of Leonardo Da Vinci
Leonardo da Vinci was a Florentine
artist, one of the great masters of the High Renaissance,
who was also celebrated as a painter, sculptor, architect,
engineer, and scientist. His innovations in the field
of painting influenced the course of Italian art for
more than a century after his death.
Leonardo was born on April 15, 1452,
in the small Tuscan town of Vinci, near Florence. He
was the son of a wealthy Florentine notary and a peasant
woman. In the mid-1460s the family settled in Florence,
where Leonardo was given the best education that Florence,
the intellectual and artistic center of Italy, could
offer. He rapidly advanced socially and intellectually.
About 1466 he was apprenticed as a garzone (studio boy)
to Andrea del Verrocchio. In Verrocchio's workshop Leonardo
was introduced to many activities, from the painting
of altarpieces and panel pictures to the creation of
large sculptural projects in marble and bronze. In 1472
he was entered in the painter's guild of Florence, and
in 1476 he is still mentioned as Verrocchio's assistant.
In 1478 Leonardo became an independent master. His first
commission, to paint an altarpiece for the chapel of
the Palazzo Vecchio, the Florentine town hall, was never
executed. His first large painting, The Adoration of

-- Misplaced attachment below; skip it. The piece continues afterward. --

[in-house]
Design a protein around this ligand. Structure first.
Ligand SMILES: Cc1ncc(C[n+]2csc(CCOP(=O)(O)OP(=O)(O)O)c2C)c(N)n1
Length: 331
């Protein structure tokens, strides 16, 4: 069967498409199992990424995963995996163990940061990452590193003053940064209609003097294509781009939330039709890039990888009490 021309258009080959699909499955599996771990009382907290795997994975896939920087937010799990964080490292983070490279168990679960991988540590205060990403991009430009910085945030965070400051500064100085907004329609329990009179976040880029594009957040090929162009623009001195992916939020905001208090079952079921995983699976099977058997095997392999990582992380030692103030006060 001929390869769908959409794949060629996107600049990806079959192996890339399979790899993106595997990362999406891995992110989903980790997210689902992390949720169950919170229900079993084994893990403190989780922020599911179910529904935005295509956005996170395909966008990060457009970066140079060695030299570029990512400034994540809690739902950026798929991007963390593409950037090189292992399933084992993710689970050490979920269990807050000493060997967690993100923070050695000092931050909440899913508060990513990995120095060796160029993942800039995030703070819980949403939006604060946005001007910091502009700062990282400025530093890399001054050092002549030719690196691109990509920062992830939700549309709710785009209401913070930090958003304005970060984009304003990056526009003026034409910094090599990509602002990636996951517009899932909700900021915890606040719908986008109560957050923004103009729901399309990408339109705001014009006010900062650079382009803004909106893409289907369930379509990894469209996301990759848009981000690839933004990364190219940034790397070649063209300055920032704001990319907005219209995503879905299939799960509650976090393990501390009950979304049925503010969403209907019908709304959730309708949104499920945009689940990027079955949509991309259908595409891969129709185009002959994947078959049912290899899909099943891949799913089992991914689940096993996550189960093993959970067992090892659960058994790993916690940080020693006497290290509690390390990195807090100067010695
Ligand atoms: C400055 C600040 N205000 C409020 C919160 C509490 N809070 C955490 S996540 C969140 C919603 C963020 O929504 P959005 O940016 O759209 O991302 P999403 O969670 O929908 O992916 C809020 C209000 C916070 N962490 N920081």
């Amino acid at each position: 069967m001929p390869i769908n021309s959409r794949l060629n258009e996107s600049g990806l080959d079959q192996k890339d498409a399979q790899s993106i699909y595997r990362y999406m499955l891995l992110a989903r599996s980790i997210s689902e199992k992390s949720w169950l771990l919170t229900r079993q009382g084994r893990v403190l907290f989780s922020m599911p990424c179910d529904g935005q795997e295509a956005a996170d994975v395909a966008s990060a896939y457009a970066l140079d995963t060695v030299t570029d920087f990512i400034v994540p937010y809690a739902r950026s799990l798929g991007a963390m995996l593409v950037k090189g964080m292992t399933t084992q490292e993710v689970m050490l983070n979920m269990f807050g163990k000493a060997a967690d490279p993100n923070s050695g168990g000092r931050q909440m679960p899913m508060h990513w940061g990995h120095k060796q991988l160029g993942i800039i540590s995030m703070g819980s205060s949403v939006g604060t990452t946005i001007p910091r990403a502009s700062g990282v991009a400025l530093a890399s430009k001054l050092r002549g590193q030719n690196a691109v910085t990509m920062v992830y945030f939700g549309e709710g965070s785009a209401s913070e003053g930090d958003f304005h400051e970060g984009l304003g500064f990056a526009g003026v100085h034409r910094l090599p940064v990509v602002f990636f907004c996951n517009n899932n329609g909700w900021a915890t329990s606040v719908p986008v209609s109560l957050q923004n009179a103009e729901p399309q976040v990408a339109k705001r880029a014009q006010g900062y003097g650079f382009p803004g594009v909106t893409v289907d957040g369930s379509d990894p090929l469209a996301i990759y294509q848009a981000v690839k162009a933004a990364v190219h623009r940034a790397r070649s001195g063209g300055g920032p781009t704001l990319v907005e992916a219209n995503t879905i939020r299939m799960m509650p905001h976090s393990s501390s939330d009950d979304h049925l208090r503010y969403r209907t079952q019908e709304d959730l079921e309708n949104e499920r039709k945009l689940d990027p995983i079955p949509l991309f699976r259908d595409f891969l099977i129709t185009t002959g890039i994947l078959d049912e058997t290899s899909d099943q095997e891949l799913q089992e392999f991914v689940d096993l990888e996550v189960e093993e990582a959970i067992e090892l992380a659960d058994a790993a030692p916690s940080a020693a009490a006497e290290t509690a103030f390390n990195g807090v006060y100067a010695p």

the Magi (begun 1481, Galleria degli Uffizi), left unfinished,
was ordered in 1481 for the Monastery of San Donato
a Scopeto, Florence.
From 1495 to 1497 Leonardo labored
on his masterpiece, The Last Supper, a mural in the
refectory of the Monastery of Santa Maria delle Grazie,
Milan. Unfortunately, his experimental use of oil on
dry plaster (on what was the thin outer wall of a space
designed for serving food) was technically unsound,
and by 1500 its deterioration had begun. Since 1726
attempts have been made, unsuccessfully, to restore
it; a concerted restoration and conservation program,
making use of the latest technology, was begun in 1977
and is reversing some of the damage. Although much of
the original surface is gone, the majesty of the composition
and the penetrating characterization of the figures
give a fleeting vision of its vanished splendor.
During this second Florentine period,
Leonardo painted several portraits, but the only one
that survives is the famous Mona Lisa. One of the most
celebrated portraits ever painted, it is also known
as La Gioconda, after the presumed name of the woman's
husband. Leonardo seems to have had a special affection
for the picture, for he took it with him on all of his
In 1506 Leonardo went again to Milan,
at the summons of its French governor, Charles d'Amboise.
The following year he was named court painter to King
Louis XII of France, who was then residing in Milan.
For the next six years Leonardo divided his time between
Milan and Florence, where he often visited his half
brothers and half sisters and looked after his inheritance.
In 1516 he traveled to France to enter
the service of King Francis I. He spent his last years
at the Château de Cloux, near Amboise, where he
died on May 2, 1519. Although Leonardo produced a relatively
small number of paintings, many of which remained unfinished,
he was nevertheless an extraordinarily innovative and
influential artist. During his early years, his style
closely paralleled that of Verrocchio, but he gradually
moved away from his teacher's stiff, tight, and somewhat
rigid treatment of figures to develop a more evocative
and atmospheric handling of composition.
the Leonardo Da Vincit Gallery >>